My care experience: mental health addition

Receiving help here in the US can be, at times satisfactory, but mostly a nightmare. In general, the US has a pretty crummy healthcare system. Many people go without the care they need and should be able to receive.
I have been fortunate enough to not be perpetually sick, but I do feel like I’ve been to the doctors a fair share the past five years. I used to get my blood taken every six months related to my Thalassemia. While I was in nursing school I had to make sure I was up-to-date on vaccinations. After visiting family in Greece, I came back with inactive tuberculosis. I had to go to a specialist for testing and was put on a 6 month medication regimen. Last year I got sick three times in two months. I had to go to two OBGYN’s within a month because I was having extreme menstruation.
To say the least, I’ve probably been involved with the healthcare system more so than the average Jo.
Luckily, I have my family’s insurance to help me through these instances. Even so, trying to find care within our network is a pain in the ass.

When I first came here, back in January, I started calling around to clinics. I wanted to find a doctor to establish care with and to hopefully start working on my mental wellness. I was constantly referred to other clinics, flat out told I couldn’t be a patient, and had to wait three months before an appointment. I tried explaining how I needed to see someone sooner than that. I wasn’t mentally healthy.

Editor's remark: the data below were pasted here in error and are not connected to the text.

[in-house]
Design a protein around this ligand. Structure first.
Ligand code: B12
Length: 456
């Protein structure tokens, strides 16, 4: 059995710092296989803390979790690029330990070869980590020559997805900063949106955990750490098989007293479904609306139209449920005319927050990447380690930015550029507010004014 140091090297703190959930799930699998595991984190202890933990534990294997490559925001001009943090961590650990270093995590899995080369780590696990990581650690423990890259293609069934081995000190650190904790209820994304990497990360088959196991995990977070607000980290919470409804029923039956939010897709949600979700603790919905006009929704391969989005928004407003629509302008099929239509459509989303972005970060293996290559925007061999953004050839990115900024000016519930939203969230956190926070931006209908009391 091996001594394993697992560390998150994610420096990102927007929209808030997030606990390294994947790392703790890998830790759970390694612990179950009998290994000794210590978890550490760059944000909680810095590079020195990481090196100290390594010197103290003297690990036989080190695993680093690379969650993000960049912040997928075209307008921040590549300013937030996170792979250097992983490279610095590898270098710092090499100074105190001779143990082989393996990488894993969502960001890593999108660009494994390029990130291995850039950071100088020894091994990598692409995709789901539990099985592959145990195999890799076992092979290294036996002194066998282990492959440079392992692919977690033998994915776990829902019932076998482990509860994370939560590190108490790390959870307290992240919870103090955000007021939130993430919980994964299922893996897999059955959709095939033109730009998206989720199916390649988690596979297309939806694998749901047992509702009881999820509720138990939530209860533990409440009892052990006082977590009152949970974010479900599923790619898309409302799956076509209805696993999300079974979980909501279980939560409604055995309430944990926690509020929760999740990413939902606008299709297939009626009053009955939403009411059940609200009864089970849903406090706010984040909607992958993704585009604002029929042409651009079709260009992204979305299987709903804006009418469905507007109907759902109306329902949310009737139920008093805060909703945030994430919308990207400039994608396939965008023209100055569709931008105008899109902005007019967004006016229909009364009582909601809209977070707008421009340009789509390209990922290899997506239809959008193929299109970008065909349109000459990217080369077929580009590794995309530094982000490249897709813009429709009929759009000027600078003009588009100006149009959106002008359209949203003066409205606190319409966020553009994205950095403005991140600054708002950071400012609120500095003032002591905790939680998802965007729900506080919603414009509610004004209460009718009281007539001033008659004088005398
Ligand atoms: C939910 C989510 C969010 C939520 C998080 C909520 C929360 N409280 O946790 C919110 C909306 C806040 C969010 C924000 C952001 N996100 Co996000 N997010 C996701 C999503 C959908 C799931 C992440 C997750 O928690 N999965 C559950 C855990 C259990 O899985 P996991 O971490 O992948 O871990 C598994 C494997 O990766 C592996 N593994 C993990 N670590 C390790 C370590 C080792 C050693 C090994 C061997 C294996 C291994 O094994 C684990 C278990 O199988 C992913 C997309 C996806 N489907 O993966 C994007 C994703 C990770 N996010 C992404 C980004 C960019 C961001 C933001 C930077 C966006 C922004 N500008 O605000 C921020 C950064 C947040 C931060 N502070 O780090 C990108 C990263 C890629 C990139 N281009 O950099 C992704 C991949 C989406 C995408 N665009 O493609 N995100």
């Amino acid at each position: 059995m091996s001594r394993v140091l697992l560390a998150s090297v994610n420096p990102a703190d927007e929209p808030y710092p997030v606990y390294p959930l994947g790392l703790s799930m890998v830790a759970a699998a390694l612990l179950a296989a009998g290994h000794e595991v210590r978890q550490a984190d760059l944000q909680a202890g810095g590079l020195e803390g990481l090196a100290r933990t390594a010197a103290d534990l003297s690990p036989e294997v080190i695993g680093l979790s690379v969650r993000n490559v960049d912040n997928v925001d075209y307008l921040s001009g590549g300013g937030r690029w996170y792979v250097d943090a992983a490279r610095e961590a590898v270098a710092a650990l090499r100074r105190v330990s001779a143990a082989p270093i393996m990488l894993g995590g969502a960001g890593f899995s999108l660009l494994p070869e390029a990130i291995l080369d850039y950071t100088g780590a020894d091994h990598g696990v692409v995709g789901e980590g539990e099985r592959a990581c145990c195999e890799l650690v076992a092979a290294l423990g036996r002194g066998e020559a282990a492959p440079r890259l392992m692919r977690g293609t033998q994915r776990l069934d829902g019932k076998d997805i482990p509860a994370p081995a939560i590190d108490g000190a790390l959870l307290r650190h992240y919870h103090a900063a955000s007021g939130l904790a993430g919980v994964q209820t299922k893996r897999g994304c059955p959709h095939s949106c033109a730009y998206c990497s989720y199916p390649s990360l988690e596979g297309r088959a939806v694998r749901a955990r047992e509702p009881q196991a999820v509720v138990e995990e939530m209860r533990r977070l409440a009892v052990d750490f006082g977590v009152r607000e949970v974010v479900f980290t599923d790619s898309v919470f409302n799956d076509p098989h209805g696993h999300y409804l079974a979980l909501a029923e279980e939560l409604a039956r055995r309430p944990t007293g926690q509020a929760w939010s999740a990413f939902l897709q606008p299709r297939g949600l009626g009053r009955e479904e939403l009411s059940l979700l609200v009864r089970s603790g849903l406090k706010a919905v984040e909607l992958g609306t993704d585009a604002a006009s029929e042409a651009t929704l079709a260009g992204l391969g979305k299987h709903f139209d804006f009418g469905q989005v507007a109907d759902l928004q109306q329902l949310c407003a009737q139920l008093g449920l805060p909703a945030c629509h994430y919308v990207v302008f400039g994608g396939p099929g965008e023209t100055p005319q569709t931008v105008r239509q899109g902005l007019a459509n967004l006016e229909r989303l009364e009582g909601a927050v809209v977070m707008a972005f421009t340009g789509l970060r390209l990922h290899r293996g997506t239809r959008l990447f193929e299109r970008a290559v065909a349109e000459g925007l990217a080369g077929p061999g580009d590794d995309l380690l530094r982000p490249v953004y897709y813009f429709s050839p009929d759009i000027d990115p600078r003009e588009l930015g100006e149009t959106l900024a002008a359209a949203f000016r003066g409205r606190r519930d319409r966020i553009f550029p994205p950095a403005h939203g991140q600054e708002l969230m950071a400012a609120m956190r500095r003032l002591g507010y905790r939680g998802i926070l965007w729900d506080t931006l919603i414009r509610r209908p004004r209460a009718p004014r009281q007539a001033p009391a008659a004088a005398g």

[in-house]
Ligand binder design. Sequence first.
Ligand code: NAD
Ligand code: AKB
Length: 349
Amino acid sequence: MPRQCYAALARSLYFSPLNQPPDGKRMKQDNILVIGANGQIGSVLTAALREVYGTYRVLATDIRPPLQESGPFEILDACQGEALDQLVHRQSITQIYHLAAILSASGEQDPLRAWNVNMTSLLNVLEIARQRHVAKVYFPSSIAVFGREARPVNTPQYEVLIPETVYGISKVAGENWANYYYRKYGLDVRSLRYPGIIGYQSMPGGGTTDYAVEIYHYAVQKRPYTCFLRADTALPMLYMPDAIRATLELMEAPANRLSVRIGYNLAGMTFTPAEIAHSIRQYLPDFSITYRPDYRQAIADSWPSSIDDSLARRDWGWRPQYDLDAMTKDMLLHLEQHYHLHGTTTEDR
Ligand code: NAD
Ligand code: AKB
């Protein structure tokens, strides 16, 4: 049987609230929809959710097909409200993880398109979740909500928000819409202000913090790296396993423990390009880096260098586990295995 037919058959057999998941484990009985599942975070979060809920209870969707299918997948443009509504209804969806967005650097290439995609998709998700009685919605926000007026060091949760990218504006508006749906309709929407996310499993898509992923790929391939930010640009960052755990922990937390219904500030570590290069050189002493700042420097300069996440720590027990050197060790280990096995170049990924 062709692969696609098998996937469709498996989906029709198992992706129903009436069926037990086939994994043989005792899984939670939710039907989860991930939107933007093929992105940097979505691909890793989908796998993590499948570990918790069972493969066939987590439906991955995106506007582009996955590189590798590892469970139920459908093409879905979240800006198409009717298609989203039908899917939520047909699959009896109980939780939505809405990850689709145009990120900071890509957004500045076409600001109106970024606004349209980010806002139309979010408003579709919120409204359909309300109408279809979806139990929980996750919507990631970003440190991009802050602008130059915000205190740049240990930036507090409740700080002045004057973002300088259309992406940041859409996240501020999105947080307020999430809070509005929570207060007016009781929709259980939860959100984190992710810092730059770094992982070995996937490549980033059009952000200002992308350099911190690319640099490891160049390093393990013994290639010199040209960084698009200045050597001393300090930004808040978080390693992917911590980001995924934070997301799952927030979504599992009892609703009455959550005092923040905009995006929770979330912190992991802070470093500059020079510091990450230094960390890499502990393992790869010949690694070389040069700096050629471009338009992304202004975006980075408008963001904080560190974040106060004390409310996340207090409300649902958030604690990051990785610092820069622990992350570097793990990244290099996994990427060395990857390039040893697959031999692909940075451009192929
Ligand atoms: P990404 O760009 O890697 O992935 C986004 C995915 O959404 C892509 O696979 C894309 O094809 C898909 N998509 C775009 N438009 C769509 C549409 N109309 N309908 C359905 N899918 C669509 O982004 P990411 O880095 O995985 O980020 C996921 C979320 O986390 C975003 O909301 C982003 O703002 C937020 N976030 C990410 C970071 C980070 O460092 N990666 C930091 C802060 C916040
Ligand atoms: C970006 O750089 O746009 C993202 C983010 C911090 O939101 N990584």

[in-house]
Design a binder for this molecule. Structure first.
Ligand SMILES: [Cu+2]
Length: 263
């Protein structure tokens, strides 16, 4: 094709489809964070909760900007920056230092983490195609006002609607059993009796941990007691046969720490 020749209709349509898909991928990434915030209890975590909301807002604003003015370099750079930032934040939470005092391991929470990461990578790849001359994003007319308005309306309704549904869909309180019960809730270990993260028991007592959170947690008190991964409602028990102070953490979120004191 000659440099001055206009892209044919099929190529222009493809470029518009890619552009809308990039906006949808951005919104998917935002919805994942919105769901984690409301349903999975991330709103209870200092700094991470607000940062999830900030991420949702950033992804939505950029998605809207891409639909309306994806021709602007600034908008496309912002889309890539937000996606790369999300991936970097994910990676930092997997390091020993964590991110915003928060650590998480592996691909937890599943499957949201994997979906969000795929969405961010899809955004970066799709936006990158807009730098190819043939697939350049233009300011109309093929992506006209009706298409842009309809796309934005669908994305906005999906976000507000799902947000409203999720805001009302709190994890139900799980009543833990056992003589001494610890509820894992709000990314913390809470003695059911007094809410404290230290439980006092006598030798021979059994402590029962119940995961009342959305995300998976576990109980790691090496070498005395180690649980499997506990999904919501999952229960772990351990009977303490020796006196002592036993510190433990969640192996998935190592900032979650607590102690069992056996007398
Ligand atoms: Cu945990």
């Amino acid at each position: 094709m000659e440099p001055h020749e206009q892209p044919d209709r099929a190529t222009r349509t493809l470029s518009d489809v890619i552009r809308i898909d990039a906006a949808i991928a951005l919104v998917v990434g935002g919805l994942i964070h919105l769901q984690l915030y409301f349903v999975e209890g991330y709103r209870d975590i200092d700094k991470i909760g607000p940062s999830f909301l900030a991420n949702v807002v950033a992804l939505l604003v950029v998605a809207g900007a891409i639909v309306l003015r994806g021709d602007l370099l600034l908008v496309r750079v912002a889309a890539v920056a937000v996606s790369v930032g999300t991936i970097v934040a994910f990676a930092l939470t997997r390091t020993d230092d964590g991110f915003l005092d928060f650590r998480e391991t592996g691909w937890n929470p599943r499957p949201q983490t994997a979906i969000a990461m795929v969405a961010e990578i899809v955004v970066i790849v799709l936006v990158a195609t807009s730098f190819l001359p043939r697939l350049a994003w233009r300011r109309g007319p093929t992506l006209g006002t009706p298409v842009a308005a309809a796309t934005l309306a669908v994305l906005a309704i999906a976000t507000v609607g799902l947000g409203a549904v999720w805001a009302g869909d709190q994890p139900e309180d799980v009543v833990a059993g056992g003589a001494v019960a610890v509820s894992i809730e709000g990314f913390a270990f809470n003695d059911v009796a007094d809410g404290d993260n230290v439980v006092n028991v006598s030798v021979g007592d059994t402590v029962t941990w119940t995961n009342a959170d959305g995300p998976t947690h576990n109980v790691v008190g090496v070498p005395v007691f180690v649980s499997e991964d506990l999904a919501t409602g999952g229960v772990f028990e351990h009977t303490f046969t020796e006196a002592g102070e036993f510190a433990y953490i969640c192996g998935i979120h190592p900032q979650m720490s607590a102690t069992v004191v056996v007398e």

I felt like I was being ignored.
As soon as I mentioned the words mental health to the receptionist at my old clinic, I was screened by a nurse a few minutes later and scheduled the following day. It was clear to me that I wasn’t going to get that response here.

My friend, who was staying with my family for a few weeks, had bronchitis. While she checked in at an urgent care clinic, I did too. If no one would help me get help, I was going to fight for it myself.
The receptionist told me she wasn’t sure I would get the help I needed at her clinic. I told her I didn’t care. I just wanted to see someone.
I met with a nurse practitioner. She was an odd ball. She talked about betas and alphas, showed me her tattoos, and told me to get into counseling. I was already working on that anyways. She prescribed me Sertraline and Lorazepam. I was given no information regarding the medicine, except the basics of what they were used for, and sent out the door.